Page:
A Unique XML Parsing Problem

Stefan Behnel stefan_ml at behnel.de
Sun Oct 24 09:00:23 CEST 2010

Devon, 24.10.2010 01:40:
> I must quickly and efficiently parse some data contained in multiple
> XML files in order to perform some learning algorithms on the data.
> I have thousands of files, each file corresponds to a single song.
> Each XML file contains information extracted from the song (called
> features). Examples include tempo, time signature, pitch classes, etc.
 > [...]
> I am a statistician and therefore used to data being stored in CSV-
> like files, with each row being a datapoint, and each column being a
> feature. I would like to parse the data out of these XML files and
> write them out into a CSV file.  Any help would be greatly appreciated.
> Mostly I am looking for a point in the right direction. I have heard
> about Beautiful Soup but never used it. I am currently reading Dive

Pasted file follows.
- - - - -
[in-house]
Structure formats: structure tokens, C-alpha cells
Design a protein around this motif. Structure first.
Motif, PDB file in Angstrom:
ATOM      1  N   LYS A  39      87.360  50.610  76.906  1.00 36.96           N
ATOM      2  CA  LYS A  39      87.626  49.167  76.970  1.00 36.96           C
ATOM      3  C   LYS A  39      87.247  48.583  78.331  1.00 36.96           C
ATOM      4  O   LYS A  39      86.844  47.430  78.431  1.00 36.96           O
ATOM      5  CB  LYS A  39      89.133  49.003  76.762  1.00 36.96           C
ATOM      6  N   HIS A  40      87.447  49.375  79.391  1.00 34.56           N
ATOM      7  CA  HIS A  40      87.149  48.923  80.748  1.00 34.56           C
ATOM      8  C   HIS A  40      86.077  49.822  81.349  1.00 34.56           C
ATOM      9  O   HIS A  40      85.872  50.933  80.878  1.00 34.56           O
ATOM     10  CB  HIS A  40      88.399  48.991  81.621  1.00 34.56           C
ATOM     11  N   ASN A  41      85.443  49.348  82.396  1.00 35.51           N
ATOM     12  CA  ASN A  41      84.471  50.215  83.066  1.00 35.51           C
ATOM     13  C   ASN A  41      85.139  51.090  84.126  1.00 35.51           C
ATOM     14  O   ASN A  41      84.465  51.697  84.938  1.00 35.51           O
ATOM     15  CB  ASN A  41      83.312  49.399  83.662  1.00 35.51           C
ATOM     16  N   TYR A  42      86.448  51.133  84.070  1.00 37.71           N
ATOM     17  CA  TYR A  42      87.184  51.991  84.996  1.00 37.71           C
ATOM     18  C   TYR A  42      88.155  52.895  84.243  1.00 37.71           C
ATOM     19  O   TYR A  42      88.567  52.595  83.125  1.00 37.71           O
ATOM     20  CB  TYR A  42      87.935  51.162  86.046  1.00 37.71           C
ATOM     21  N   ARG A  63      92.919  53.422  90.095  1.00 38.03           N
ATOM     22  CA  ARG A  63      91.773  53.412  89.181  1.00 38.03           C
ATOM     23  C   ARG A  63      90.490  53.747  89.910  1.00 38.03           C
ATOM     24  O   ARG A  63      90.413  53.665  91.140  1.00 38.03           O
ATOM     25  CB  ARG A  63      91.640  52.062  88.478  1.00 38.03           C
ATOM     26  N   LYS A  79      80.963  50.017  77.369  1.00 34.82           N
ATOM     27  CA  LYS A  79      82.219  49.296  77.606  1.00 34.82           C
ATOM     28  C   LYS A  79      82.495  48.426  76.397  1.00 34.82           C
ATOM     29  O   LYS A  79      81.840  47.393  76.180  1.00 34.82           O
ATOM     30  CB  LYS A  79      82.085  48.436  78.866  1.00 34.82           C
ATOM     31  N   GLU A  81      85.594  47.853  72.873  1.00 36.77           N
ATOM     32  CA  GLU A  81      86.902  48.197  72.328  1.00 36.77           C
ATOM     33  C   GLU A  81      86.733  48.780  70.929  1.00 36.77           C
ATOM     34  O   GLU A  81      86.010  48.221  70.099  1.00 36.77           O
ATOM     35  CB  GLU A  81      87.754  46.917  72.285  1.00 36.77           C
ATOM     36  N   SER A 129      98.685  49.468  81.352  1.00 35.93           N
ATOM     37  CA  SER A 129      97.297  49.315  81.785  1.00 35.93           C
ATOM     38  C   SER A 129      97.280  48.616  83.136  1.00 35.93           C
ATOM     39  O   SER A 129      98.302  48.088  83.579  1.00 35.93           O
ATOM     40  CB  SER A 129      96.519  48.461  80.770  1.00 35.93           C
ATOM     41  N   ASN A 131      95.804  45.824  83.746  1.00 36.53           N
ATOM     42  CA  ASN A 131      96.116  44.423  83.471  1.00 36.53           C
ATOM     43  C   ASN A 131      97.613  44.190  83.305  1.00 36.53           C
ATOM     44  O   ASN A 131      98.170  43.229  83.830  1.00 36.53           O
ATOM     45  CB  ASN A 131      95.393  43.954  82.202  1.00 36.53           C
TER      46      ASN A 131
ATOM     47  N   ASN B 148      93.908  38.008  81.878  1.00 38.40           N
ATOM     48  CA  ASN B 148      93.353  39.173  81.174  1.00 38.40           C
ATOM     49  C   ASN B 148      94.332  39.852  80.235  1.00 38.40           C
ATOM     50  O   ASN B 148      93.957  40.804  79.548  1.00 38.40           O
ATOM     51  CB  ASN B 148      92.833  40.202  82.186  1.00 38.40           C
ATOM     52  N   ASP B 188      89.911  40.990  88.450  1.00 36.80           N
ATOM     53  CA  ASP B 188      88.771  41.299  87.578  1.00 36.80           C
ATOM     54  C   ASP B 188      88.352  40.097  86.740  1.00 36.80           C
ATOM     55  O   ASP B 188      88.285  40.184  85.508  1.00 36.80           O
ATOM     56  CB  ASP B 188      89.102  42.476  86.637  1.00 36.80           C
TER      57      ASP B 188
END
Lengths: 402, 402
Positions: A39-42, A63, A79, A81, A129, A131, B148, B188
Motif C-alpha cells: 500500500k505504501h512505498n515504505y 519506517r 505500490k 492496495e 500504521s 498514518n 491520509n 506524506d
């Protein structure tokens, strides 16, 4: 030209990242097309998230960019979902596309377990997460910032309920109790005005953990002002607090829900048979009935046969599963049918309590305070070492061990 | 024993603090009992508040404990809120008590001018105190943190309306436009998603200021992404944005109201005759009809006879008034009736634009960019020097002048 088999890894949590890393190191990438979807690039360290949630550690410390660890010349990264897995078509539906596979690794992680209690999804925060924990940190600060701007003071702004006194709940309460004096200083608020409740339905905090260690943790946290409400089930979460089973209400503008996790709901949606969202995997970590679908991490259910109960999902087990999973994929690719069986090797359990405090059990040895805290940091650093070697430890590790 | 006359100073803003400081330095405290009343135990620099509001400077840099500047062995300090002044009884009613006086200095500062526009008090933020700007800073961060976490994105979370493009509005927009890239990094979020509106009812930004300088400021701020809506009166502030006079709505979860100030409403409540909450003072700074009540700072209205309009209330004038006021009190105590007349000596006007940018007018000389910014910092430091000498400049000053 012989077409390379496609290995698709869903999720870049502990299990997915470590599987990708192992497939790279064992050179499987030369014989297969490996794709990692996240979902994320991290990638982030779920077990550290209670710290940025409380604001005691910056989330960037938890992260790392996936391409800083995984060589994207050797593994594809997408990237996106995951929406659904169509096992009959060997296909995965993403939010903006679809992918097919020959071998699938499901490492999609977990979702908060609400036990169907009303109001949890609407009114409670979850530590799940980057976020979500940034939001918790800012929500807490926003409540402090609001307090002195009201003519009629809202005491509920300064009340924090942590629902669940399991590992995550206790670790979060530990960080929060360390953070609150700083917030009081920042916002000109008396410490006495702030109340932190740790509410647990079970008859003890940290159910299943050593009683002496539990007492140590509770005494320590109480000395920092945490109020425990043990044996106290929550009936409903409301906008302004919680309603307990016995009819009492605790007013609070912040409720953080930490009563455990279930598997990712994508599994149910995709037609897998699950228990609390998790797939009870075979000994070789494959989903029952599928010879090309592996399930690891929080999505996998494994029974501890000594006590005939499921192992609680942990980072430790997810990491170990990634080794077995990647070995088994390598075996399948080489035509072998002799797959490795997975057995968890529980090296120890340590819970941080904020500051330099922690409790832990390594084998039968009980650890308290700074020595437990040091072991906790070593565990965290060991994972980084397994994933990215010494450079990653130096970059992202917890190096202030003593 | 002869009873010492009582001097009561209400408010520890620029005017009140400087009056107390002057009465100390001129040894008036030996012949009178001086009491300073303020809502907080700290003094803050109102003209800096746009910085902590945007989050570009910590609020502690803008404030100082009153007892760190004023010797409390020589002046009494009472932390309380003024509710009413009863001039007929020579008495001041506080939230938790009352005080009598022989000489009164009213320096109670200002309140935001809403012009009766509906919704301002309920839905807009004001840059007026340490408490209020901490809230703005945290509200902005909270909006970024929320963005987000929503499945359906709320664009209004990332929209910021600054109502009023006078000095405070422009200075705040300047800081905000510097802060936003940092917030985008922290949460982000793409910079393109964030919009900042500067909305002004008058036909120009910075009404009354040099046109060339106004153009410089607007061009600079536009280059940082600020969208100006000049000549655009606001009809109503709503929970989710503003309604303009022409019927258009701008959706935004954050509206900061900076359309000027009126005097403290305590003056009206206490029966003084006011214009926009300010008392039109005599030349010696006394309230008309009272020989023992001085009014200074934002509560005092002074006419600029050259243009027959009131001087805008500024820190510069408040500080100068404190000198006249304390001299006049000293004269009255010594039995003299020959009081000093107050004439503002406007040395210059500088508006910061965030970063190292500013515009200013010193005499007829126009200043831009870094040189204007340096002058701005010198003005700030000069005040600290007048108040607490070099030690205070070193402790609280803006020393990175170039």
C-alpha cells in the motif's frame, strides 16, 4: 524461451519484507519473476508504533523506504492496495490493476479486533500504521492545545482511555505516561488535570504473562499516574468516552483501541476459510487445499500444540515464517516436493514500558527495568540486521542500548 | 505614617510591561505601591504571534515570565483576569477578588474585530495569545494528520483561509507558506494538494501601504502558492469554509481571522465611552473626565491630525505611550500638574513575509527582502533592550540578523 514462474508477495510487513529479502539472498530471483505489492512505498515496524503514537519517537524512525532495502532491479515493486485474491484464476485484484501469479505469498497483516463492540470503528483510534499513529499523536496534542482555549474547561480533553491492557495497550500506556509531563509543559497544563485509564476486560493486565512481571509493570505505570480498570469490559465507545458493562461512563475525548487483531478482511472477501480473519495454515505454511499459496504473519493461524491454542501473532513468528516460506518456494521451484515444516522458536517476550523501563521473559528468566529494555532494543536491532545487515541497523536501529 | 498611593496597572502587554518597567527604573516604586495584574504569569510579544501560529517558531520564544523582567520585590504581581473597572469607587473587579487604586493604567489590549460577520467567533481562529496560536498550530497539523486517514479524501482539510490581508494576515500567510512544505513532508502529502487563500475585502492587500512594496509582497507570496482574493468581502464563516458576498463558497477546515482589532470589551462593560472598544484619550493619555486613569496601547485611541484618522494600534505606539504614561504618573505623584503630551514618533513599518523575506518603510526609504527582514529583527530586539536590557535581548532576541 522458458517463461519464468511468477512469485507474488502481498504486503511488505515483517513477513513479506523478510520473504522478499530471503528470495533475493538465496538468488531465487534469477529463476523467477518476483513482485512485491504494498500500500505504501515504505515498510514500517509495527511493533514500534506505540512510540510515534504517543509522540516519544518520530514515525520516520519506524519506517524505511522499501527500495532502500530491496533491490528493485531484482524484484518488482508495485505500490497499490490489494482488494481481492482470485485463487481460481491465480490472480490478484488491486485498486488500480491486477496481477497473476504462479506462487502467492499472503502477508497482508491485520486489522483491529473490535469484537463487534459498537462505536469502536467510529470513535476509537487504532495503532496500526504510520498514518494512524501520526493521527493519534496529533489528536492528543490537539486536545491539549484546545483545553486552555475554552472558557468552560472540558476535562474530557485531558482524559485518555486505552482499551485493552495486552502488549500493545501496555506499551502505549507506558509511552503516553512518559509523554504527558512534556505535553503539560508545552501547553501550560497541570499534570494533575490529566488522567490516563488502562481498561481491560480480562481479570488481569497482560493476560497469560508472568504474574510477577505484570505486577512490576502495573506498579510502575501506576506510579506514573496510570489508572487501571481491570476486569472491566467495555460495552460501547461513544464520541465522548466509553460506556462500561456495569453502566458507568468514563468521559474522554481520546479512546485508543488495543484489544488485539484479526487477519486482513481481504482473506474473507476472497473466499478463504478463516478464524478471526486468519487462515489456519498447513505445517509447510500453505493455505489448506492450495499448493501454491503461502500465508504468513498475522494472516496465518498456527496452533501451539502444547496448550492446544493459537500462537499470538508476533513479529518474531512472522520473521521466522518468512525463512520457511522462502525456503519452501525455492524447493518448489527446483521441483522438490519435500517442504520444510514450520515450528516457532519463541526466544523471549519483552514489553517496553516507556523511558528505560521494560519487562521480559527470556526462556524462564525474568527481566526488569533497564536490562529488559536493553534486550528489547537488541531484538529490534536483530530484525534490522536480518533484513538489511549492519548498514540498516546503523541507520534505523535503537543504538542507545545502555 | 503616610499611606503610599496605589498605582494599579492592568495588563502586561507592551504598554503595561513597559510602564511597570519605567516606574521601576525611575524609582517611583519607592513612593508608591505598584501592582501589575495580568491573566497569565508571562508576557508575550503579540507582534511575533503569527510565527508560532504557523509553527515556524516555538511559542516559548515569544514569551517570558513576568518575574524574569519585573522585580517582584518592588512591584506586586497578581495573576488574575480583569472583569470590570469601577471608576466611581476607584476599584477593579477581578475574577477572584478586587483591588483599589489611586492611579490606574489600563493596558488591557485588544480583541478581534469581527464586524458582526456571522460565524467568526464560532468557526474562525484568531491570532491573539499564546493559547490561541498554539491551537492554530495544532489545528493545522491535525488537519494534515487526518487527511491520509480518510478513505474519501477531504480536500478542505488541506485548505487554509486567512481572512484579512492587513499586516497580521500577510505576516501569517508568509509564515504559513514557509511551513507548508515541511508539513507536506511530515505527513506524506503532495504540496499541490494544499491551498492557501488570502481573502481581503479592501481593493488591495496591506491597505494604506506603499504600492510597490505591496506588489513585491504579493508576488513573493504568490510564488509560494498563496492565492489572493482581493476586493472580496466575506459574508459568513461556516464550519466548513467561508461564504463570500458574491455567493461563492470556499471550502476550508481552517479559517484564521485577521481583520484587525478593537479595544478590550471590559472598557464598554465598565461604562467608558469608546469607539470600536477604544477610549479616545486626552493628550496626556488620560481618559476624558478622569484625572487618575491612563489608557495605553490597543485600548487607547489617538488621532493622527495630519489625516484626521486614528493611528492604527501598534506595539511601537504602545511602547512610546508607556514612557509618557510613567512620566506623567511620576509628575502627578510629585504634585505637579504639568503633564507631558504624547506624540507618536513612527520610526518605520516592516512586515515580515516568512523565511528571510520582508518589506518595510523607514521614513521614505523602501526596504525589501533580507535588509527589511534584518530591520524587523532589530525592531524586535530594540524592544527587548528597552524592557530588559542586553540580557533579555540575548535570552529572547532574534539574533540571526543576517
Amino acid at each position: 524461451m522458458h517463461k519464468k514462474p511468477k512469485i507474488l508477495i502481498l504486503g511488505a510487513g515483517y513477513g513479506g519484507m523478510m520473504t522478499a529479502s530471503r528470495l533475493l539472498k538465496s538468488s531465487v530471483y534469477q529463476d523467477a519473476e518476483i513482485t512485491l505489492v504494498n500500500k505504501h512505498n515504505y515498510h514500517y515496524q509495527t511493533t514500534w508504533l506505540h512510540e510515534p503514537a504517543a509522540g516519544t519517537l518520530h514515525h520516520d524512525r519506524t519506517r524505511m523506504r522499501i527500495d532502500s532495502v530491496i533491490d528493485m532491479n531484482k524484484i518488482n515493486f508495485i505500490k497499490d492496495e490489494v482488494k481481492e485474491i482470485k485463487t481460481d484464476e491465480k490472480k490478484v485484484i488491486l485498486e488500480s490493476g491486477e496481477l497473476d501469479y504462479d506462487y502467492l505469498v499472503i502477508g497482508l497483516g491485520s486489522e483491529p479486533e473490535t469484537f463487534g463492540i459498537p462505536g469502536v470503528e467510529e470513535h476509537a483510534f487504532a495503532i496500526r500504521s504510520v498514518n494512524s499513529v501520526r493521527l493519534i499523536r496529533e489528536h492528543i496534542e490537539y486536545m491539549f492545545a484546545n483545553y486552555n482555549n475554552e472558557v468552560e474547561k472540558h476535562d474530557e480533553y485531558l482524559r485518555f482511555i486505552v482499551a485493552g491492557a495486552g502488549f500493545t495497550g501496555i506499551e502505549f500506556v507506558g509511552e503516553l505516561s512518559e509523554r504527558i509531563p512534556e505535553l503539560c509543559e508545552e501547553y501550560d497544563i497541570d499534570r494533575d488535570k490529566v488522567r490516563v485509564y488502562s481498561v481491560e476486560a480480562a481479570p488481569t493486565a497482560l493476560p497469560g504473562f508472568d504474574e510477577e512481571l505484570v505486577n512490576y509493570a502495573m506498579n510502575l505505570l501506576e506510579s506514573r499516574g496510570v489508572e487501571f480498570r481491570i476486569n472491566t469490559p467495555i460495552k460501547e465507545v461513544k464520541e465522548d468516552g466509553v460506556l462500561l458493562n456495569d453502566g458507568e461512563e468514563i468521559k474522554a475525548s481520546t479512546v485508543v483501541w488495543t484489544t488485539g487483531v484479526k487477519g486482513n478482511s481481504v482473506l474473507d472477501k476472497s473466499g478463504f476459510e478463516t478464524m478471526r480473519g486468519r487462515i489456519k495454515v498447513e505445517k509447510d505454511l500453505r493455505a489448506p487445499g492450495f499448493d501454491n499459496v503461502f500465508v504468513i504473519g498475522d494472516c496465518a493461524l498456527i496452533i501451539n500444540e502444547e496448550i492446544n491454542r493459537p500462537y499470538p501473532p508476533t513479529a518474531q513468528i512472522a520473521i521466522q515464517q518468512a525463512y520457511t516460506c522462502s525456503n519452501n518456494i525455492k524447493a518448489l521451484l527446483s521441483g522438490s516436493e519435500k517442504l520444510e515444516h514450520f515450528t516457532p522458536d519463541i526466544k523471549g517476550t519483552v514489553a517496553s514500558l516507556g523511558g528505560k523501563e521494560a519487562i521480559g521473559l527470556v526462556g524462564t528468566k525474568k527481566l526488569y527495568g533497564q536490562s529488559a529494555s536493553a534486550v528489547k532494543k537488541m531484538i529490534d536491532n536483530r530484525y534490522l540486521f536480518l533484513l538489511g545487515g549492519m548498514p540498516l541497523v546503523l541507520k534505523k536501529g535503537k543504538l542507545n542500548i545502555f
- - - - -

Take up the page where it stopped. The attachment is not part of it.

> Into Python's chapters on HTML and XML parsing.

That chapter is mostly out of date, and BeautifulSoup is certainly not the 
right tool for dealing with XML, both for performance and compliance 
reasons. If you need performance, as you stated above, look at cElementTree 
in the stdlib.

> And I am also more
> concerned about how to use the tags in the XML files to build feature
> names so I do not have to hard code them. For example, the first
> feature given by the above code would be "track duration" with a value
> of 29.12331

If the rules are as simple as that (i.e. tag name + attribute name), it'll 
be easy going with ElementTree. Don't put too much effort into separating 
the data from the XML format, though. XML parsing is fast and has the clear 
advantage over CSV files that the data is safely stored in a well defined, 
expressive format, including character encoding and named data fields.


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